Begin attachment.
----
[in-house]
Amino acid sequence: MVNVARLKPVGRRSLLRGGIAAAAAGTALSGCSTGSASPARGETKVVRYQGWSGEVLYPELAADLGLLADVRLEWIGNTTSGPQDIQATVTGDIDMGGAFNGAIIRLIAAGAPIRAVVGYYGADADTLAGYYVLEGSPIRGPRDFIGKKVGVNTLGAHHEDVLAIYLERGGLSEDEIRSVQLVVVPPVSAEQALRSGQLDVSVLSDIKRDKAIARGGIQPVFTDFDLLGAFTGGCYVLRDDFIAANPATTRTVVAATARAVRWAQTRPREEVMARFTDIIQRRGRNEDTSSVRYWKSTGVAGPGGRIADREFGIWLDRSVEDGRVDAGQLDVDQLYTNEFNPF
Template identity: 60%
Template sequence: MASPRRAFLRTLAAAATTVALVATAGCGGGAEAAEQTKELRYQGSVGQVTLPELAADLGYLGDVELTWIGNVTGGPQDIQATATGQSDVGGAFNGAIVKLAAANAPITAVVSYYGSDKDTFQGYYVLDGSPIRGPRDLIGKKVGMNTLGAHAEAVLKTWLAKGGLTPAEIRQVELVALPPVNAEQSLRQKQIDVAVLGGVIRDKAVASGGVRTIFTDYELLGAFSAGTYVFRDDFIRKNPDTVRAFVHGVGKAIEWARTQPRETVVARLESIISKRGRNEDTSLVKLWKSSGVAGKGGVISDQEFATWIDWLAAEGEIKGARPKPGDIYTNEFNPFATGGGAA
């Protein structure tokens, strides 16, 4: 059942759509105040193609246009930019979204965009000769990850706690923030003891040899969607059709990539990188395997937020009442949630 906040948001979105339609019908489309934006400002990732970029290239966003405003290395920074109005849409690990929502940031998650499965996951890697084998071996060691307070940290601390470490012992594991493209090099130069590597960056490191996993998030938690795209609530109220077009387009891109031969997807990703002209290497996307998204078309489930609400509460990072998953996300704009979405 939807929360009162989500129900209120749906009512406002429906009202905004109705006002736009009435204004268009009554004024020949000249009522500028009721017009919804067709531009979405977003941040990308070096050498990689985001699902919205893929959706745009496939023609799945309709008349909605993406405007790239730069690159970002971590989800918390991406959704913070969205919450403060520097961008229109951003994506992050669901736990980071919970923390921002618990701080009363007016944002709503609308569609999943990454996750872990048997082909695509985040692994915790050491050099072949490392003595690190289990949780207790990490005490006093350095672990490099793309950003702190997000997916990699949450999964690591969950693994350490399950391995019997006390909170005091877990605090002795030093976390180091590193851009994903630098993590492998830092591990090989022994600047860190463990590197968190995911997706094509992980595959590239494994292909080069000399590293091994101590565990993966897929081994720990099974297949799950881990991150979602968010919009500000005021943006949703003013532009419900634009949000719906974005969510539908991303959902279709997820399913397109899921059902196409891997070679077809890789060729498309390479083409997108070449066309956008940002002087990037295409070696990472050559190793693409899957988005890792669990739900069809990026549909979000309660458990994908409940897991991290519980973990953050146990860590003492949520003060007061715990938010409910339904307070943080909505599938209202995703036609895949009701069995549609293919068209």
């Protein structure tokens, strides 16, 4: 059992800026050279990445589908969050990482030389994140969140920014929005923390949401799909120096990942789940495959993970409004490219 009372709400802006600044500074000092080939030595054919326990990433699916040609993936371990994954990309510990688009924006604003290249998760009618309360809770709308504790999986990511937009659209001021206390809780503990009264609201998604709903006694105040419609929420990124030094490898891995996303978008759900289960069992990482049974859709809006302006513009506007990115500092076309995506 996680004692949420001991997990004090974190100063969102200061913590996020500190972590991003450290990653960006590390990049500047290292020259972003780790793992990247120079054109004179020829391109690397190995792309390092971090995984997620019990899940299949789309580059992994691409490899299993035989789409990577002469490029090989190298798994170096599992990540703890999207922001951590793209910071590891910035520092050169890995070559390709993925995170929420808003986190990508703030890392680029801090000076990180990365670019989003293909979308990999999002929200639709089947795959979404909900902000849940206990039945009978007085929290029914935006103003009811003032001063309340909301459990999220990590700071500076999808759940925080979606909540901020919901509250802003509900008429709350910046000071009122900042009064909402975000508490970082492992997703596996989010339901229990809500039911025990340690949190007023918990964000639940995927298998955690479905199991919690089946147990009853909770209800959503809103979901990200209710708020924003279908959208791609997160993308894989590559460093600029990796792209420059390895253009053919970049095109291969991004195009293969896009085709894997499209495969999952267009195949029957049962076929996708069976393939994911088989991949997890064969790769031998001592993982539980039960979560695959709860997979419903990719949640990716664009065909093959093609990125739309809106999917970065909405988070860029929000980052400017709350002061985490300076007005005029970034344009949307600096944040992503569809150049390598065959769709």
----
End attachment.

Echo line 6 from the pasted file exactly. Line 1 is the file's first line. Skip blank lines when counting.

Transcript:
């Protein structure tokens, strides 16, 4: 059992800026050279990445589908969050990482030389994140969140920014929005923390949401799909120096990942789940495959993970409004490219 009372709400802006600044500074000092080939030595054919326990990433699916040609993936371990994954990309510990688009924006604003290249998760009618309360809770709308504790999986990511937009659209001021206390809780503990009264609201998604709903006694105040419609929420990124030094490898891995996303978008759900289960069992990482049974859709809006302006513009506007990115500092076309995506 996680004692949420001991997990004090974190100063969102200061913590996020500190972590991003450290990653960006590390990049500047290292020259972003780790793992990247120079054109004179020829391109690397190995792309390092971090995984997620019990899940299949789309580059992994691409490899299993035989789409990577002469490029090989190298798994170096599992990540703890999207922001951590793209910071590891910035520092050169890995070559390709993925995170929420808003986190990508703030890392680029801090000076990180990365670019989003293909979308990999999002929200639709089947795959979404909900902000849940206990039945009978007085929290029914935006103003009811003032001063309340909301459990999220990590700071500076999808759940925080979606909540901020919901509250802003509900008429709350910046000071009122900042009064909402975000508490970082492992997703596996989010339901229990809500039911025990340690949190007023918990964000639940995927298998955690479905199991919690089946147990009853909770209800959503809103979901990200209710708020924003279908959208791609997160993308894989590559460093600029990796792209420059390895253009053919970049095109291969991004195009293969896009085709894997499209495969999952267009195949029957049962076929996708069976393939994911088989991949997890064969790769031998001592993982539980039960979560695959709860997979419903990719949640990716664009065909093959093609990125739309809106999917970065909405988070860029929000980052400017709350002061985490300076007005005029970034344009949307600096944040992503569809150049390598065959769709």